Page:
The lines of armed conflict, and the catastrophic perils they portended, were shaped with shocking clarity in the immediate aftermath of World War II. Less clear is the role religious ideology played in the conflicts that defined the Cold War era. All too often, beliefs held sacred by some became tools to motivate action or create friction. In Religion and the Cold War, Philip Muehlenbeck assembles an international team of specialists to explore how religion informed the ideological and military clashes across the globe in the second half of the twentieth century.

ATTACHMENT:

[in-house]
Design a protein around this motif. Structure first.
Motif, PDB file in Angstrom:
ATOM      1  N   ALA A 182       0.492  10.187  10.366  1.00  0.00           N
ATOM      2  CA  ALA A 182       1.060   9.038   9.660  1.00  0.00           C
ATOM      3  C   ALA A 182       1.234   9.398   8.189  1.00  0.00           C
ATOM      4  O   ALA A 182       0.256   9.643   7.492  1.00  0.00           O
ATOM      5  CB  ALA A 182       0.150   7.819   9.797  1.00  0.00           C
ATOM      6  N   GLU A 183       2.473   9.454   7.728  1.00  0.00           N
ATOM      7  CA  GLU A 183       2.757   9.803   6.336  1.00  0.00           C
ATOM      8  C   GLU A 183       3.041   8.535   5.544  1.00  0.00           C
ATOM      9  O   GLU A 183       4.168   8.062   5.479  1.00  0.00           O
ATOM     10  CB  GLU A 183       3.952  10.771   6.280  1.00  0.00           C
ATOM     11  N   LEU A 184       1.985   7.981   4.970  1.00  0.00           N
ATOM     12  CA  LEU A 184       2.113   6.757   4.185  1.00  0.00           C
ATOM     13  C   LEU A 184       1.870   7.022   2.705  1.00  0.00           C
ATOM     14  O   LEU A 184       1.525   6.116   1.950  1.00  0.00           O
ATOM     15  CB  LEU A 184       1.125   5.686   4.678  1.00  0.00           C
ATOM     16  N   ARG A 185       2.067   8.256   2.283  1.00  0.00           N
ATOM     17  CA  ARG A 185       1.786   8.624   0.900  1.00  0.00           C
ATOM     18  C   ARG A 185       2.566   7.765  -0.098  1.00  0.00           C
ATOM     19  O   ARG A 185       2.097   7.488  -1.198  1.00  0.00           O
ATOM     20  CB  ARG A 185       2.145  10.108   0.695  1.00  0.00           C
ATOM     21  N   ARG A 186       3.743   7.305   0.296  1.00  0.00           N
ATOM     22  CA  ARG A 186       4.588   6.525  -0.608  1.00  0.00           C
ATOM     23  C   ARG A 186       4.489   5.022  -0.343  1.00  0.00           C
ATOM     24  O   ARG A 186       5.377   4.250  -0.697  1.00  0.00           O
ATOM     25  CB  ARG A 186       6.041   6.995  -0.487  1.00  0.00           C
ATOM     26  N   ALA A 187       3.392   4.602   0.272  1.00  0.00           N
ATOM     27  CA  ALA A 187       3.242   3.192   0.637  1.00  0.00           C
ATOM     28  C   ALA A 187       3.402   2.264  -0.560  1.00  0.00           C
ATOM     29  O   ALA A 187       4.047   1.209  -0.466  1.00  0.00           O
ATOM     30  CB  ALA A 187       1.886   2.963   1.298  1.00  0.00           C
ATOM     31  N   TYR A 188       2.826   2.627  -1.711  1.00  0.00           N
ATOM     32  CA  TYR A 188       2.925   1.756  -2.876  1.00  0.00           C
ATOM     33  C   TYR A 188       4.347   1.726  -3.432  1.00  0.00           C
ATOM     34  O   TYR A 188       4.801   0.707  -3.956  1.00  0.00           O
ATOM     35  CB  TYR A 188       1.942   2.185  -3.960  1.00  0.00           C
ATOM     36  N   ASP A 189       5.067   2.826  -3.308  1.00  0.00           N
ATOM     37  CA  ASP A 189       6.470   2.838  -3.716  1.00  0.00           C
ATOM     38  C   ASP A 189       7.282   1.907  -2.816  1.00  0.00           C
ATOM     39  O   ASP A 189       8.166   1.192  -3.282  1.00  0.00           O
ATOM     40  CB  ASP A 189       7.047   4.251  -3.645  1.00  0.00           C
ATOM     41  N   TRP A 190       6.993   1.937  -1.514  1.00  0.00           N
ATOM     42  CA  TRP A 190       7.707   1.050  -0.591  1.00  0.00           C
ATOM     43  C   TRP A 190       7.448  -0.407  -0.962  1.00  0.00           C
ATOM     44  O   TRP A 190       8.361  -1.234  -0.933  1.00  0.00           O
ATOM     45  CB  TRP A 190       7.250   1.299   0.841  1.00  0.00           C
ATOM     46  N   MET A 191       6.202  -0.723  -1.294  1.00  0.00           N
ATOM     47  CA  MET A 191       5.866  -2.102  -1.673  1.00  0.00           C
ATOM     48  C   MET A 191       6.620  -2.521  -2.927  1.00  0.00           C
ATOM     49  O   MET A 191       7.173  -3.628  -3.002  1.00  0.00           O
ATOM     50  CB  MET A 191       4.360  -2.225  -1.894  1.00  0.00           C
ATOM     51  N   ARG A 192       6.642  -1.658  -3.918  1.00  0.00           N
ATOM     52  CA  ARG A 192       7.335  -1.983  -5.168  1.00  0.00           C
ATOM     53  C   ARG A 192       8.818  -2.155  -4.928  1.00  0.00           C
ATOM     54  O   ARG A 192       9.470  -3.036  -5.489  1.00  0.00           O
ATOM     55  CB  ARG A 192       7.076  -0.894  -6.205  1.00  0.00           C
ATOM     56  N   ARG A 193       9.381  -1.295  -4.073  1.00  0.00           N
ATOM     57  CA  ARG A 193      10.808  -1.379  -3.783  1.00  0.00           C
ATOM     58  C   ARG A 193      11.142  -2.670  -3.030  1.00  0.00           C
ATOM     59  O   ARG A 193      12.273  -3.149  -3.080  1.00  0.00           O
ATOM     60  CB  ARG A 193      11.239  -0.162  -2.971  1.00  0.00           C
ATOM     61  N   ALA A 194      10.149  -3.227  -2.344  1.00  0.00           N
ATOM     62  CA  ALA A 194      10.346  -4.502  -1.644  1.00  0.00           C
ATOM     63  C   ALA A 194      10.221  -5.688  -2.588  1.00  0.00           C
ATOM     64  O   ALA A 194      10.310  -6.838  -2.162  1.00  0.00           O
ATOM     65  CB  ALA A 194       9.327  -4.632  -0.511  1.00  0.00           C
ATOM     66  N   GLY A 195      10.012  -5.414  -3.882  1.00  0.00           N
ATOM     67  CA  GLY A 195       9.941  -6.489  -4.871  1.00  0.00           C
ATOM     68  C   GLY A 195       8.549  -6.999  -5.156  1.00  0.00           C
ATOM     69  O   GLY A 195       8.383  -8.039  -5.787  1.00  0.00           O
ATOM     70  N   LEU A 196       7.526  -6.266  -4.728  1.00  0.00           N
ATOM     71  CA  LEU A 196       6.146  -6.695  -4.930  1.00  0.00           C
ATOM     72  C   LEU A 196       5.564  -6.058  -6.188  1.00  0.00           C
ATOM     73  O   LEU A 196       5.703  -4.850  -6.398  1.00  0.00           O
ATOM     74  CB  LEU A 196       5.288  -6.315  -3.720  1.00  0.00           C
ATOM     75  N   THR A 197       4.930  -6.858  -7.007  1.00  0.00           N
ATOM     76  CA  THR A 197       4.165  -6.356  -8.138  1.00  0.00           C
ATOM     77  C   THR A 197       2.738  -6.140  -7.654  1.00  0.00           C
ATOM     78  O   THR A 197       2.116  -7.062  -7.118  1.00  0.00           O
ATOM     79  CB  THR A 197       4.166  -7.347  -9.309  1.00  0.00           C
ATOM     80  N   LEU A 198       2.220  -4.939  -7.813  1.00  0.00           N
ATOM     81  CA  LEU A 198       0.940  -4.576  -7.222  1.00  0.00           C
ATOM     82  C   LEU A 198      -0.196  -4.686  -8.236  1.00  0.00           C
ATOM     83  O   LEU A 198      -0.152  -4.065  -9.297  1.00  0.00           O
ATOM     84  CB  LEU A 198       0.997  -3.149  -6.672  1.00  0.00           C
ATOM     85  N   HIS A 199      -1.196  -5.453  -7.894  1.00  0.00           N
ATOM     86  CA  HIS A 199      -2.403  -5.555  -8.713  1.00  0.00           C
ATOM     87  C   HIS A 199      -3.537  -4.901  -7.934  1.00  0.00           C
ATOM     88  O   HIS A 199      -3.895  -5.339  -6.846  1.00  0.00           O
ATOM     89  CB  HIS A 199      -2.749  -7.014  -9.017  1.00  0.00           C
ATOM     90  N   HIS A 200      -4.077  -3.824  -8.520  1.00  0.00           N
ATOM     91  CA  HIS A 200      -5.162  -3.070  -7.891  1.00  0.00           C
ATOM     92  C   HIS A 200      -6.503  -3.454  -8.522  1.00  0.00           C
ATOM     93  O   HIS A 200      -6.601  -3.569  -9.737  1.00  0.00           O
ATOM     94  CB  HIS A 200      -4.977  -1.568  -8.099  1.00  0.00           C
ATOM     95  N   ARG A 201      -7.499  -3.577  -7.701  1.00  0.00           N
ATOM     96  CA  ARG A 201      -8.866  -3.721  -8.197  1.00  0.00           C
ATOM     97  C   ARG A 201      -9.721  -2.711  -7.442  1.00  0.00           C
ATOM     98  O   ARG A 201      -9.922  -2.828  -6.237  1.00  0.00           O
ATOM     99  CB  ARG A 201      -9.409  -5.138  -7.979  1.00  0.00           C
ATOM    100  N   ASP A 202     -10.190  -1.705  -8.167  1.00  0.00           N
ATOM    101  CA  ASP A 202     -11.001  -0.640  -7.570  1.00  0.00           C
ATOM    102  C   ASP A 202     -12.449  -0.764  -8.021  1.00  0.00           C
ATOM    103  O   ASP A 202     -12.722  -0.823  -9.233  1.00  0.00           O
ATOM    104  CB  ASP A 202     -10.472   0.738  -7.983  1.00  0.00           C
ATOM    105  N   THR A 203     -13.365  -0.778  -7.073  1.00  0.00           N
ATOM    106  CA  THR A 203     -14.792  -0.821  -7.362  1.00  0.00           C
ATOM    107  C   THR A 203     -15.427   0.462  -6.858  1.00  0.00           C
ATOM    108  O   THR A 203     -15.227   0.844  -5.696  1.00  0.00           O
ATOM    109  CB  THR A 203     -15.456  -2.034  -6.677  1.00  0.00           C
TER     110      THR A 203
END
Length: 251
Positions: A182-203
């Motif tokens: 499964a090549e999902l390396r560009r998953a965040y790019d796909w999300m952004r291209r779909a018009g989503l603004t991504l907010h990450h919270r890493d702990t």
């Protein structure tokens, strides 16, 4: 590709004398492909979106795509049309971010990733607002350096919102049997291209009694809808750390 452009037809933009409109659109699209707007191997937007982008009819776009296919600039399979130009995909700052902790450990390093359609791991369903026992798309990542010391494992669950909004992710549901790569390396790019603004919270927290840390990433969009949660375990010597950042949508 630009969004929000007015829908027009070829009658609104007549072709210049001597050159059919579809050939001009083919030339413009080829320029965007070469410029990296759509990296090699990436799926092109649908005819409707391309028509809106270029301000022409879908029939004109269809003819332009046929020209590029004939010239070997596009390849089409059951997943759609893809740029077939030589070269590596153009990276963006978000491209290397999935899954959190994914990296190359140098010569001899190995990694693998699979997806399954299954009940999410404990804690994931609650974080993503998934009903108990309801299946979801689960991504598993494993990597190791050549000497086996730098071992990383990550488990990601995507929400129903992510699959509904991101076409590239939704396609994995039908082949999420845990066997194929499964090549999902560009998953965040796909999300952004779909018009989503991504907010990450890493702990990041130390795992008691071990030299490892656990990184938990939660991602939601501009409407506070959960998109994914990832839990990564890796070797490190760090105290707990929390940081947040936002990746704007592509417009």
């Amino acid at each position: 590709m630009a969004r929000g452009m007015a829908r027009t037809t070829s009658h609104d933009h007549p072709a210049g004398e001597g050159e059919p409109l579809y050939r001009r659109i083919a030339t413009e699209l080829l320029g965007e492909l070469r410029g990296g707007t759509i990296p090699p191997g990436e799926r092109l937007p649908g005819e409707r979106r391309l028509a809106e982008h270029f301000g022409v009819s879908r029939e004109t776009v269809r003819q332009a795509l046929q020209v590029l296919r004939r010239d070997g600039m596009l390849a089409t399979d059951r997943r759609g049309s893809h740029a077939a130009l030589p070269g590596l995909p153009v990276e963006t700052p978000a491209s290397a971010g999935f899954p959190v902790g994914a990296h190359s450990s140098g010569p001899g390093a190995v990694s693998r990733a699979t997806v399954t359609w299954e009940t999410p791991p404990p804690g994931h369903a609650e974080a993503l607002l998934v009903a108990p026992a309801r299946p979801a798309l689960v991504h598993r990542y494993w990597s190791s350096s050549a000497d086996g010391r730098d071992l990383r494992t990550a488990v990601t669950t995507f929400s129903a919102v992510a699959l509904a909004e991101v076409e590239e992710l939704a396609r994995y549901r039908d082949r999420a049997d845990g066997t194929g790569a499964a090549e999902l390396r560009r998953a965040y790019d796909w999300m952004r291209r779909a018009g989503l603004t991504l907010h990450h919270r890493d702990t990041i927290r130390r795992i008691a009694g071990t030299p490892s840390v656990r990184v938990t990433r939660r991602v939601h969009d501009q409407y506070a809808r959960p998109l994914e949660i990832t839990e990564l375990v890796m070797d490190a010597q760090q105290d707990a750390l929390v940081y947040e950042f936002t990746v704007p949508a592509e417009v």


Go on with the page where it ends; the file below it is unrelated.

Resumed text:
Students and scholars will find in this volume a level of comprehensiveness rarely achieved in Cold War studies. Each chapter reveals that the power and influence of ideas are just as important as military might in the struggles between superpowersand that few ideas, then as now, carry as much force as religious ideology. As Muehlenbeck and his contributors demonstrate, no area of the world, and no religious tenet, was safe from the manipulations of a powerful set of players focused solely on their own sphere of influence.